Inside Out was one of the best movies of 2015, and another film in a long line of great films made by Pixar. A great movie doesn’t always just make you smile though. A great movie can make you feel a full range of emotions, and Inside Out, fittingly, does just that.
If you’re like most of the movie-goers that saw the film, you most likely at least teared up a little at some point. And that’s fine! After all, one of the morals of the story is that it’s ok to be sad. But what if I told you there was an even sadder, darker, underlying theme to this story?
Let me give you a little bit of foundation here. Our main character (outside of the emotions) is Riley, a happy child that is having a tough time dealing with her emotions.
We know that most of her memories are happy ones and that Joy is more or less in charge of her emotions. If that is the case, then we know Riley is a happy person. The story eventually leads her to feel sadness and tells us that no one can be happy all of the time, but more often than not she’s happy.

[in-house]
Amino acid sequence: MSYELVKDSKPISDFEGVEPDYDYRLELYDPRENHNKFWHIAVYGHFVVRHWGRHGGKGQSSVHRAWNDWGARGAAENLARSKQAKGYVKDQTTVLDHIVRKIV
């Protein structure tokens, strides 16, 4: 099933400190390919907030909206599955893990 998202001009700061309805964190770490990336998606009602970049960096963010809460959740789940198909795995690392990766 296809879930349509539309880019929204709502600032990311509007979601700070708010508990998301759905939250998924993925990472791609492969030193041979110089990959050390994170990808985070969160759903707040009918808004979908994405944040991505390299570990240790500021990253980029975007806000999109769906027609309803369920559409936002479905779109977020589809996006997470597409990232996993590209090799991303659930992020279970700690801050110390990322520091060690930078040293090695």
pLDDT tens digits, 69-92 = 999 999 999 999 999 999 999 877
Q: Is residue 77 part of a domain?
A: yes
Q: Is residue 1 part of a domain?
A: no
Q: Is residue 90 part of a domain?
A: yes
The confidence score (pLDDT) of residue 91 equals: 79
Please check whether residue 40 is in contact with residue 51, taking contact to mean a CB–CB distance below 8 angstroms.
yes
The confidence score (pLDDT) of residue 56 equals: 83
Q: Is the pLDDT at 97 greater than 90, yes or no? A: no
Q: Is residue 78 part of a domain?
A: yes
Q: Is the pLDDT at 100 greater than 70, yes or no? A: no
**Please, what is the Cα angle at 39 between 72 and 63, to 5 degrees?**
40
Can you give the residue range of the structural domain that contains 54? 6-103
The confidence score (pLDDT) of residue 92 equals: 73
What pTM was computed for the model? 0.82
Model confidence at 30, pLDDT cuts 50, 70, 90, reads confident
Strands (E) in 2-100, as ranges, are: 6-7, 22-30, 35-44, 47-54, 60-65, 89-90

But look what happens when we see the emotions in the heads of her parents:
Sadness is in charge of Riley’s mom’s emotions, while Anger is in charge of her dad’s. In the movie, both of them seem happy enough but what if they’re just masking their true emotions? Maybe Riley’s parents aren’t quite as happy as they seem to be.
We can speculate forever as to why that may be the case. It’s possible that something happened, or is currently happening, to make her parents feel the way they are feeling. I do have a theory though. How is it possible that Riley is so happy while her parents are sad and angry? My answer is simple: she’s a child.
Riley is happy because she sees the world through the eyes of a child. Her parents were probably happy before, and their respective emotions were probably at one time run by their Joy. Over time though, they became less and less happy and other emotions took over. As if this movie wasn’t enough of a tear-jerker already, now you can factor in the imminent depression that is adulthood in today’s world.
Could that be an underlying theme that Pete Docter and Ronnie Del Carmen were subtly trying to get out there? We know they’ve worked on some very smart films in the past, and this is no exception.
It’s not all bad though. Just before the movie ends, it provides some hope:
Riley’s teacher’s emotions are run by her Joy. Granted, they all seem a bit run down by their job, but at least Joy boosts their morale by showing them what they have to look forward to. A nice note to end the movie on.
This emotional roller coaster was one of Pixar’s best and one of 2015’s best, and even six months after its release, it’s still making us feel.